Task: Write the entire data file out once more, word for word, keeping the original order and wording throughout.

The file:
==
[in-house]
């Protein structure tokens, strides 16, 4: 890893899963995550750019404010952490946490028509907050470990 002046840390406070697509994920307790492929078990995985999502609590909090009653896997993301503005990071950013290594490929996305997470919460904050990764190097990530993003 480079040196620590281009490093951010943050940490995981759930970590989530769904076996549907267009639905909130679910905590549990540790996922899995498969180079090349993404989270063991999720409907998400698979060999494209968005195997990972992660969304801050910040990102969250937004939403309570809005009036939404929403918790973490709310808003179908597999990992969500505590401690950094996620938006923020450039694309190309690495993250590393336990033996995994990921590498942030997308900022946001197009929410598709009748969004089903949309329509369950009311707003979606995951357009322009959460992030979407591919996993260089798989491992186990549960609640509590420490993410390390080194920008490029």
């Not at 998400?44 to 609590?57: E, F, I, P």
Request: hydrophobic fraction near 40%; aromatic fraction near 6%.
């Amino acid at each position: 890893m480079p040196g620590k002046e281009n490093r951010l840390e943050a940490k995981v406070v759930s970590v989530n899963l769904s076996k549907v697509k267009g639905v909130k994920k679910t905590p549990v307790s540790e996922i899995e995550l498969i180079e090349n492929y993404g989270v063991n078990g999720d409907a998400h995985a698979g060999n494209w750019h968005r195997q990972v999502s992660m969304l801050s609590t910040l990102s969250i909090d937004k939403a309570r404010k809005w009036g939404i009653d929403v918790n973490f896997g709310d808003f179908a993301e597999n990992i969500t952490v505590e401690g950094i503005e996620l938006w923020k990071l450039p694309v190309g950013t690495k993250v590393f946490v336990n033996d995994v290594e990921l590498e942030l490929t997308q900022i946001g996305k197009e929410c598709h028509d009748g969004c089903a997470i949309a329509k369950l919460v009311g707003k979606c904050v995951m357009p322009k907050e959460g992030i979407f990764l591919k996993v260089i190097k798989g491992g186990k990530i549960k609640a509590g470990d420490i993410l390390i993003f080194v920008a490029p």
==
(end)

[in-house]
């Protein structure tokens, strides 16, 4: 890893899963995550750019404010952490946490028509907050470990 002046840390406070697509994920307790492929078990995985999502609590909090009653896997993301503005990071950013290594490929996305997470919460904050990764190097990530993003 480079040196620590281009490093951010943050940490995981759930970590989530769904076996549907267009639905909130679910905590549990540790996922899995498969180079090349993404989270063991999720409907998400698979060999494209968005195997990972992660969304801050910040990102969250937004939403309570809005009036939404929403918790973490709310808003179908597999990992969500505590401690950094996620938006923020450039694309190309690495993250590393336990033996995994990921590498942030997308900022946001197009929410598709009748969004089903949309329509369950009311707003979606995951357009322009959460992030979407591919996993260089798989491992186990549960609640509590420490993410390390080194920008490029």
């Not at 998400?44 to 609590?57: E, F, I, P």
Request: hydrophobic fraction near 40%; aromatic fraction near 6%.
């Amino acid at each position: 890893m480079p040196g620590k002046e281009n490093r951010l840390e943050a940490k995981v406070v759930s970590v989530n899963l769904s076996k549907v697509k267009g639905v909130k994920k679910t905590p549990v307790s540790e996922i899995e995550l498969i180079e090349n492929y993404g989270v063991n078990g999720d409907a998400h995985a698979g060999n494209w750019h968005r195997q990972v999502s992660m969304l801050s609590t910040l990102s969250i909090d937004k939403a309570r404010k809005w009036g939404i009653d929403v918790n973490f896997g709310d808003f179908a993301e597999n990992i969500t952490v505590e401690g950094i503005e996620l938006w923020k990071l450039p694309v190309g950013t690495k993250v590393f946490v336990n033996d995994v290594e990921l590498e942030l490929t997308q900022i946001g996305k197009e929410c598709h028509d009748g969004c089903a997470i949309a329509k369950l919460v009311g707003k979606c904050v995951m357009p322009k907050e959460g992030i979407f990764l591919k996993v260089i190097k798989g491992g186990k990530i549960k609640a509590g470990d420490i993410l390390i993003f080194v920008a490029p």